The last thing most people probably think of as a potential cause of a nuclear power plant shutdown is a jellyfish invasion. But that's exactly what brought Sweden's largest nuclear reactor to a halt this week. 

The incident occurred Sunday in Reactor 3 at the Oskarshamn power station, in the Baltic Sea, which is run by OKG, a subsidiary of the E.ON SE (OTCMKTS:EONGY), a German electricity company.

Literally tons of Aurelia aurita, or moon jellyfish, made their way into a cool-water intake of the light-water reactor, which has a 1,400MW output capacity. It took workers until early Tuesday to clear away the sea creatures.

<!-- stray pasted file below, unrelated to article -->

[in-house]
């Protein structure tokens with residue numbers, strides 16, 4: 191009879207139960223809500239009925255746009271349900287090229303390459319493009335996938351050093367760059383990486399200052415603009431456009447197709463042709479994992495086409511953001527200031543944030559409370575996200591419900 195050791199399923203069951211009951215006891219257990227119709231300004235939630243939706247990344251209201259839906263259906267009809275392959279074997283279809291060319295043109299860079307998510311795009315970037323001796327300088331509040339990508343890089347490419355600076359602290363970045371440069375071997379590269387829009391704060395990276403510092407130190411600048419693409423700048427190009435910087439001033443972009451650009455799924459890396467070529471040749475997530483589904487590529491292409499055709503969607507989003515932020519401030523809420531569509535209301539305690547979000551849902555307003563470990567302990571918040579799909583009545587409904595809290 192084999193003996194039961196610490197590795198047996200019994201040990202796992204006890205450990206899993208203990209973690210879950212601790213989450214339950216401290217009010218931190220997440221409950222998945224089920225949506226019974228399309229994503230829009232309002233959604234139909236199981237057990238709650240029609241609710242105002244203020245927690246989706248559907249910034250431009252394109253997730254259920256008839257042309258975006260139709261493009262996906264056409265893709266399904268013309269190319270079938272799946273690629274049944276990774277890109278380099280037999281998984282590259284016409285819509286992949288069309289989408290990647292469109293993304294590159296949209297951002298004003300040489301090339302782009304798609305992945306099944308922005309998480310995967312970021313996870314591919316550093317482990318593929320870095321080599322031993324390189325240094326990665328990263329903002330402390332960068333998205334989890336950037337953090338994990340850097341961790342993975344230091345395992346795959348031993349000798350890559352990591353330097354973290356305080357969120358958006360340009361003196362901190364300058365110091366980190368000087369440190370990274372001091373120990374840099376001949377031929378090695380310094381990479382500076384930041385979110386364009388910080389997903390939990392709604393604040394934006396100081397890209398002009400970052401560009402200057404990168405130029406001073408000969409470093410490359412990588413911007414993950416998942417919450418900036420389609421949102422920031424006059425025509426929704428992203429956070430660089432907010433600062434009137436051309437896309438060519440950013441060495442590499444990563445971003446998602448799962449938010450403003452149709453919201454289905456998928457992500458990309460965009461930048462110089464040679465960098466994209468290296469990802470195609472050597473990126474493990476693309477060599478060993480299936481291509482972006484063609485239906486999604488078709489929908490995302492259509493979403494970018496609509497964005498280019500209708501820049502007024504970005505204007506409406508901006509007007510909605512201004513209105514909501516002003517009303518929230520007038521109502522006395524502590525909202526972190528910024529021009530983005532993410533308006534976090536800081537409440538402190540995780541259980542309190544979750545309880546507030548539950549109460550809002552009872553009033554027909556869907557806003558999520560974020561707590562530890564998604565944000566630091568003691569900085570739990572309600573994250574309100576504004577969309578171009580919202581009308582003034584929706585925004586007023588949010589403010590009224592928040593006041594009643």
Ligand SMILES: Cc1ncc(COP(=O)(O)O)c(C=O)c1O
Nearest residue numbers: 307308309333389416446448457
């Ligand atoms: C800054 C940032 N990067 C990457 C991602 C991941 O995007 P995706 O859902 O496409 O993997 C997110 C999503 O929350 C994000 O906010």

"It was a larger amount [of jellyfish] than we had ever seen. Every autumn we have to get rid of jellyfish, but not that many," Emmy Davidsson, OKG spokeswoman, told Agence France-Presse.

Sweden has 10 operating nuclear power plants, which provide 5 percent of the country’s electricity.

Other seaside plants have also suffered from invasions of marine creatures. In April 2012, the Diablo Canyon 2 reactor in California shut down after jellyfish-like salp clogged circulating water screens, according to ABC News.